The Buddhism-influenced “Wild Eyed Boy from Freecloud” was presented in a heavily expanded form compared to the original guitar-and-cello version on the B-side of the “Space Oddity” single; the album cut featured a 50-piece orchestra and was also notable for Mick Ronson’s debut on a Bowie record, playing uncredited guitar and handclaps midway through the song.“Memory of a Free Festival” was Bowie’s reminiscence of an arts festival he had organised in August 1969. Its drawn-out fade/chorus (“The Sun Machine is coming down / And we’re gonna have a party”) was compared to The Beatles’ “Hey Jude”;the song has also been interpreted as a derisive comment on the counterculture it was ostensibly celebrating.The background vocals for the crowd finale featured Bob Harris, his wife Sue, Tony Woollcott and Marc Bolan among other people.In 1970 Bowie cut the tune in half for the A- and B-sides of a more rock-oriented version featuring the band that would accompany him on The Man Who Sold the World later that year: Mick Ronson, Tony Visconti and Mick Woodmansey – an embryonic form of Ziggy Stardust’s Spiders From Mars.

Production and release
Held to be “the first Bowie album proper”,and his first deemed worthy by record companies of regular reissue, David Bowie featured a notable list of collaborators, including session players Herbie Flowers, Tim Renwick, Terry Cox, and Rick Wakeman, as well as cellist Paul Buckmaster, multi-instrumentalist and producer Tony Visconti, and bassist John Lodge (not to be confused with The Moody Blues’ bassist of the same name). Before recording for the album commenced at Trident Studios, the song “Space Oddity” had been selected as the lead single based on an earlier demo.Tim Renwick, John ‘Honk’ Lodge, Mick Wayne and John Cambridge – all from the band ‘Junior’s Eyes’ – featured on the album sessions and briefly served as Bowie’s backing band for live appearances and on an October 1969 BBC Radio session.Visconti saw it as a “novelty record” and passed the production responsibility on to Gus Dudgeon.He thus produced all the songs on the album bar what would become, from its 1972 reissue onwards, the title track.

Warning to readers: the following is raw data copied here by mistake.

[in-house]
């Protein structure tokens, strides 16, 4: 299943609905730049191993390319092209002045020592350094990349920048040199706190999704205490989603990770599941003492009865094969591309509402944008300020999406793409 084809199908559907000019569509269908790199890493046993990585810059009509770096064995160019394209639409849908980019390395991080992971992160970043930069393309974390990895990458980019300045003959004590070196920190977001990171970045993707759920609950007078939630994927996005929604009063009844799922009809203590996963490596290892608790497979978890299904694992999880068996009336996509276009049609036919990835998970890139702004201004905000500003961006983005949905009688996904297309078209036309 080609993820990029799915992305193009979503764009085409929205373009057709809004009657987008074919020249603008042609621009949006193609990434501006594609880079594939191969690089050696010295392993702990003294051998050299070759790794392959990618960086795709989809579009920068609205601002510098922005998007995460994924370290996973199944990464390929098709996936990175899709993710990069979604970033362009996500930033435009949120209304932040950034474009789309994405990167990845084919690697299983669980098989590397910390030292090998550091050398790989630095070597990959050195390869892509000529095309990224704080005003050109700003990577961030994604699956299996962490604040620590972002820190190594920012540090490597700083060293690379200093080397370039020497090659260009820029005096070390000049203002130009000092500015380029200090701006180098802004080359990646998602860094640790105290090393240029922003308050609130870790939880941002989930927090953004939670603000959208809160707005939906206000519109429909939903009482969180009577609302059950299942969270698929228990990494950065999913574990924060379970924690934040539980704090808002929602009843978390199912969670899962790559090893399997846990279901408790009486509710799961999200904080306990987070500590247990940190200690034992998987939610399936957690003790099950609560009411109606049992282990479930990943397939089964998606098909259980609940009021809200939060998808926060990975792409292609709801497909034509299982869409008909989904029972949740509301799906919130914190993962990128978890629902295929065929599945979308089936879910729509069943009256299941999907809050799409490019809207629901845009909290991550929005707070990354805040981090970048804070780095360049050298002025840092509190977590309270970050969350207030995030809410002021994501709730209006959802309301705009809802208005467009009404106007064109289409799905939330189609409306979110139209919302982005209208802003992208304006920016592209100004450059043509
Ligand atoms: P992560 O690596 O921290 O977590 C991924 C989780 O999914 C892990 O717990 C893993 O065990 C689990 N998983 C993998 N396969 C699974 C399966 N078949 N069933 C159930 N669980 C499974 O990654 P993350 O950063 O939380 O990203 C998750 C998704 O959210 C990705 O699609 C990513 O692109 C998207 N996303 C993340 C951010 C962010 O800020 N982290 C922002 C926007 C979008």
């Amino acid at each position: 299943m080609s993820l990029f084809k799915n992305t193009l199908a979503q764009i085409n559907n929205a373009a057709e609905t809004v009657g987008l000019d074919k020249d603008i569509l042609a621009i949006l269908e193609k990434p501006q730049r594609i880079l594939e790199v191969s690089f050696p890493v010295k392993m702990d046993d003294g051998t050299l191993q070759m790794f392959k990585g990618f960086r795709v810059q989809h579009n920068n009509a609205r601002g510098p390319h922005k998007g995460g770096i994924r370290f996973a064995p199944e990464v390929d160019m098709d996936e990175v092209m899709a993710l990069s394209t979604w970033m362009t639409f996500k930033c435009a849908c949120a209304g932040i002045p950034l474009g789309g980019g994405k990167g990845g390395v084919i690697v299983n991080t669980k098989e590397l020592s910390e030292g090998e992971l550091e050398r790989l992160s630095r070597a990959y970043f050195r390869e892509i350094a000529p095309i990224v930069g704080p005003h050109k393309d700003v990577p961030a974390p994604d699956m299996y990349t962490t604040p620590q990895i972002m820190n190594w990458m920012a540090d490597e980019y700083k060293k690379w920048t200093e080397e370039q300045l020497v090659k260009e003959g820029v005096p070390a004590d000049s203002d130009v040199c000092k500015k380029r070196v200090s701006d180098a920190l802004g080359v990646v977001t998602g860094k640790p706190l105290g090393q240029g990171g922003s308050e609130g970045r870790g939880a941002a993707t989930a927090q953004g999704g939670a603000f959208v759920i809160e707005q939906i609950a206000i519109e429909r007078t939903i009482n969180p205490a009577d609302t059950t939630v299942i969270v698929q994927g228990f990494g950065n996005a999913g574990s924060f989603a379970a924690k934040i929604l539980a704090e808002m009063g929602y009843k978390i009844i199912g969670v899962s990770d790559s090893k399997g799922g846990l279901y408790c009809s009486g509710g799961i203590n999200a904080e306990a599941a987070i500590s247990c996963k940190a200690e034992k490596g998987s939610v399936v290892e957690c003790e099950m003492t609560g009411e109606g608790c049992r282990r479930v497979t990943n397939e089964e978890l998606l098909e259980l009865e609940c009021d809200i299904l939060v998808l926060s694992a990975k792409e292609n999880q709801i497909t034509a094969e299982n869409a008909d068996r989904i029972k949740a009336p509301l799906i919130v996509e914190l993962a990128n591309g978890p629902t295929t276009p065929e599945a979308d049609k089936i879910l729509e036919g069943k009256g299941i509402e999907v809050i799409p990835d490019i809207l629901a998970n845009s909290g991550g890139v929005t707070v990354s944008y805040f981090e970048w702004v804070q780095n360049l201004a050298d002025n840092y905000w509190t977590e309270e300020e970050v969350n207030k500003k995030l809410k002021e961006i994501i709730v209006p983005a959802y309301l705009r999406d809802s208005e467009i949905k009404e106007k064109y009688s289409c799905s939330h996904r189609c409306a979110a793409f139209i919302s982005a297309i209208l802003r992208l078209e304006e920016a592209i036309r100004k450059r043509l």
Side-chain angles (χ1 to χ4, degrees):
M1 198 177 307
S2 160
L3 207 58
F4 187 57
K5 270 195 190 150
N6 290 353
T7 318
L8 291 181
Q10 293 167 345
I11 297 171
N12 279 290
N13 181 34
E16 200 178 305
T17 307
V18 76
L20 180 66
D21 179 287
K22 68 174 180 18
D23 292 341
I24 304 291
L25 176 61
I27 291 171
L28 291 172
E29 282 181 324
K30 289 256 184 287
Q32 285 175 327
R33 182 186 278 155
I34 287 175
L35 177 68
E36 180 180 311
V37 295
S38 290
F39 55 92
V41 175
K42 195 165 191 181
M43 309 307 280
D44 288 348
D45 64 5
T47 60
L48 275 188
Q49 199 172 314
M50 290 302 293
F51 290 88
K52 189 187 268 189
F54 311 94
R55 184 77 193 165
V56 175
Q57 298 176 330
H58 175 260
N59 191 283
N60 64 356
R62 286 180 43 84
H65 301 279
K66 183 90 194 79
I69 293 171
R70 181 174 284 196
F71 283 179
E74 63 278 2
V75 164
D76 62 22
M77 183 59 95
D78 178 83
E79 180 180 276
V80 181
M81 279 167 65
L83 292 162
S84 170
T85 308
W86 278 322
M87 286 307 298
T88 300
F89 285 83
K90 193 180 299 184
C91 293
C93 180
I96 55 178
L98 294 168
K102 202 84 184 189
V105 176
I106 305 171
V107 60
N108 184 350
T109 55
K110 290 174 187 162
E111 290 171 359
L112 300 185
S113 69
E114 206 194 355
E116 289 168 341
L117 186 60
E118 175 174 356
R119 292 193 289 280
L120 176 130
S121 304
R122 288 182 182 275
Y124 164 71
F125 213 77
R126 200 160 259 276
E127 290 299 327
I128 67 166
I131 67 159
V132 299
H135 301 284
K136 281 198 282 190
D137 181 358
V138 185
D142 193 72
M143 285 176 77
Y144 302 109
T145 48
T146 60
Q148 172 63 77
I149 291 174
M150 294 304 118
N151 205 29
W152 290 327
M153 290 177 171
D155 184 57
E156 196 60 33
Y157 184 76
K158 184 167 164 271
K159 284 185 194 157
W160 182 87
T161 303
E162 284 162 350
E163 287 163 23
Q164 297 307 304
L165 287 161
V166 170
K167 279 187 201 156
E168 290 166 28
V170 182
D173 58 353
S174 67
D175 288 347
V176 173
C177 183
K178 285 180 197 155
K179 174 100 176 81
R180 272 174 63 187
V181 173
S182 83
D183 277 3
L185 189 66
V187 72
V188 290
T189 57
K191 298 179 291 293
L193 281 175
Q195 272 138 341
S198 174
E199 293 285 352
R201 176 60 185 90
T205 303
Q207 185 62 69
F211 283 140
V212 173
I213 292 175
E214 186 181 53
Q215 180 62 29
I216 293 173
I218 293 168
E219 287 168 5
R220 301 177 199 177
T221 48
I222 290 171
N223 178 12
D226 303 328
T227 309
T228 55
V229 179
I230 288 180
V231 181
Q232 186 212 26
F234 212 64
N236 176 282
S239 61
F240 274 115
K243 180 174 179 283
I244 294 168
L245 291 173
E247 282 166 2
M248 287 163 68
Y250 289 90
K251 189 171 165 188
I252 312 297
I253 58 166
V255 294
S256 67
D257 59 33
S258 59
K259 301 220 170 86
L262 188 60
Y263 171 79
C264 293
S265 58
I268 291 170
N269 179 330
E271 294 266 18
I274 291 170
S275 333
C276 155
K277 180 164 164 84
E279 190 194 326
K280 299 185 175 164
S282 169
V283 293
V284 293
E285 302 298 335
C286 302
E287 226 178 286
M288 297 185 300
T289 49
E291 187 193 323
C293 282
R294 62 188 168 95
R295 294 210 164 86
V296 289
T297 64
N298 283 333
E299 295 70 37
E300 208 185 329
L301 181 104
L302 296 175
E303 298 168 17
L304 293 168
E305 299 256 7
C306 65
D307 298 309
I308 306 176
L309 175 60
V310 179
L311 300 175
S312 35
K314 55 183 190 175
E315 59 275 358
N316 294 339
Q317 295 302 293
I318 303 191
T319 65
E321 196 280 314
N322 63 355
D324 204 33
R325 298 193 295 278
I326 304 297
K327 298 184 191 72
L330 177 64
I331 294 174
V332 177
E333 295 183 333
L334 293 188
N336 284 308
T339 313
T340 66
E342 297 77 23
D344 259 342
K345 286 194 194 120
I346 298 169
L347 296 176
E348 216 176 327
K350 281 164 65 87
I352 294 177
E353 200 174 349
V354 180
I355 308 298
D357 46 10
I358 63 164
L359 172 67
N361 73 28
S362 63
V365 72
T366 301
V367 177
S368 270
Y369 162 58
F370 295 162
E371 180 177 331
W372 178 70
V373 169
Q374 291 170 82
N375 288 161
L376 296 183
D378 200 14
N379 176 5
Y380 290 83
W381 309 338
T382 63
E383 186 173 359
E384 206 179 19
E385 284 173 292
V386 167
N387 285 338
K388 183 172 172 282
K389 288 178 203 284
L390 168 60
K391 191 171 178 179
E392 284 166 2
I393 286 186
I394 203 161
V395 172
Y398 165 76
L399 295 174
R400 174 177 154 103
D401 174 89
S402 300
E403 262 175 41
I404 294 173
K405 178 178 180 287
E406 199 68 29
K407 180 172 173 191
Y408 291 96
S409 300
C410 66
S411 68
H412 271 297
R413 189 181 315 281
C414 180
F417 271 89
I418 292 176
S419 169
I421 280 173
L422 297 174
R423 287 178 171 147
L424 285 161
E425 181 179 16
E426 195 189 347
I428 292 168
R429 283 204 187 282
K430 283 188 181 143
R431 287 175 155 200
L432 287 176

Although the opening song had given Bowie a No. 5 hit in the UK earlier in the year, the remainder of the material bore little resemblance to it and the album was a commercial failure on its initial release, despite some decent reviews.However the November 1972 reissue, released in the wake of Bowie’s breakthrough The Rise and Fall of Ziggy Stardust and the Spiders from Mars and featuring a contemporary Ziggy photo on the cover, made No. 17 in the UK charts and No. 16 in the United States.

Cover art
The original UK David Bowie LP cover artwork showed a facial portrait of Bowie exposed on top of a work by artist Victor Vasarely with blue and violet spots on a green background.[14] The same portrait was used on the US Mercury LP Man of Words/Man of Music, but on a plain blue background. When the album was re-released as Space Oddity in 1972 by RCA, a more recent portrait from the Ziggy Stardust period was displayed on the front cover.For the 1999 CD reissue the original UK cover was restored, although the new title was added under the portrait to avoid further confusion. The 2009 40th Anniversary edition also uses the original UK cover, but reverts to the original green tint and ‘David Bowie’ title.

Release history
Region Date Title Label Format Catalog
UK 1969 David Bowie Philips Stereo LP SBL 7912
USA 1969 Man of Words/Man of Music Mercury Stereo LP 61246
USA 1972 Space Oddity RCA Stereo LP LSP 4813
USA 1972 Space Oddity RCA Stereo 7 inch open reel tape EPPA 4813-C

7″ open reel tape releases
There was only one release of Space Oddity on open reel, in 1972 duplicated by Magtec, North Hollywood, CA 91605. This is a high speed 7.5 ips release. RCA is the only known company Bowie has been assigned to that released his albums in this format, and only in the US, though imports into other regions may have occurred.

CD releases
Space Oddity was first released on CD by RCA in 1984. In keeping with the 1972 RCA LP release, “Don’t Sit Down” remained missing. The German (for the European market) and Japanese (for the US market) masters were sourced from different tapes and are not identical for each region.